Advertisement

We need your help now

Support from readers like you keeps The Journal open.

You are visiting us because we have something you value. Independent, unbiased news that tells the truth. Advertising revenue goes some way to support our mission, but this year it has not been enough.

If you've seen value in our reporting, please contribute what you can, so we can continue to produce accurate and meaningful journalism. For everyone who needs it.

Former Bolivian president Evo Morales Xinhua News Agency/PA Images
Evo Morales

Ex-Bolivian president travelling to Mexico after being granted asylum

This comes as his supporters and foes clashed on the streets of La Paz following his resignation.

FORMER BOLIVIAN PRESIDENT Evo Morales has said he was travelling to Mexico after being granted asylum there.

This comes as his supporters and foes clashed on the streets of La Paz following his resignation.

Morales stepped down on Sunday following weeks of massive protests over a disputed presidential election, but the resignations of every constitutionally designated successor left unclear who will take his place and how.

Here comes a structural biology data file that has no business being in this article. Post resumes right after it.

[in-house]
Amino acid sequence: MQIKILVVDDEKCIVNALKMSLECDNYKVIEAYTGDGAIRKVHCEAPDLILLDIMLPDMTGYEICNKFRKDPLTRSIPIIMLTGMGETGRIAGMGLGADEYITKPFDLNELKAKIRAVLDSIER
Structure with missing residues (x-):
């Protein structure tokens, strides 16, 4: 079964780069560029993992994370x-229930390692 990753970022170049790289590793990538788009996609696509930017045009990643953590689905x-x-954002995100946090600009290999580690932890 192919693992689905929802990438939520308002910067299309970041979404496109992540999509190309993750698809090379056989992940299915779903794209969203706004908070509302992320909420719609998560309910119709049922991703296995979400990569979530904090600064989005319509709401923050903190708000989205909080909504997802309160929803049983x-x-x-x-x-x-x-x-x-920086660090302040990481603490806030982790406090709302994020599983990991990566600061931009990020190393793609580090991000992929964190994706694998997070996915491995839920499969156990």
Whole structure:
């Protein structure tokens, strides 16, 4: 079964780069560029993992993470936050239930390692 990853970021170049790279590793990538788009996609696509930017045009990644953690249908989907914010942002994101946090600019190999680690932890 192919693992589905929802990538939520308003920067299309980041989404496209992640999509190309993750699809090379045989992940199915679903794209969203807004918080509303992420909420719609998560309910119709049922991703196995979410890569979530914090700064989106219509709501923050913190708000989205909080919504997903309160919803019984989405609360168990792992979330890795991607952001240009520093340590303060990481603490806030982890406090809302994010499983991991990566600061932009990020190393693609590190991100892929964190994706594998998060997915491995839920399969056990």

Angry supporters of the socialist leader set barricades ablaze to block some roads leading to the country’s main airport, while his foes blocked most of the streets leading to the capital’s main square in front of Congress and the presidential palace.

Police urged residents of La Paz to stay in their homes and said they were joining with the army to avoid an escalation of the violence.

Morales tweeted that he was leaving yesterday evening, and Mexico’s Foreign Relations Secretary Marcelo Ebrard confirmed in a tweet that the former leader was on a plane sent by Mexico City.

“I am leaving for Mexico, grateful for the openness of these brothers who offered us asylum to protect our life,” Morales tweeted.

“It hurts me to leave the country, for political reasons, but I will always be concerned. I will return soon, with more strength and energy.”

Amid the power vacuum, opposition politician and Senate second vice president Jeanine Anez said in an emotional address that she would take temporary control of the Senate, though it was unclear if she would be able to get approval from Congress, which is controlled by supporters of the ex-president.

Readers like you are keeping these stories free for everyone...
A mix of advertising and supporting contributions helps keep paywalls away from valuable information like this article. Over 5,000 readers like you have already stepped up and support us with a monthly payment or a once-off donation.

Your Voice
Readers Comments
35
This is YOUR comments community. Stay civil, stay constructive, stay on topic. Please familiarise yourself with our comments policy here before taking part.
Leave a Comment
    Submit a report
    Please help us understand how this comment violates our community guidelines.
    Thank you for the feedback
    Your feedback has been sent to our team for review.

    Leave a commentcancel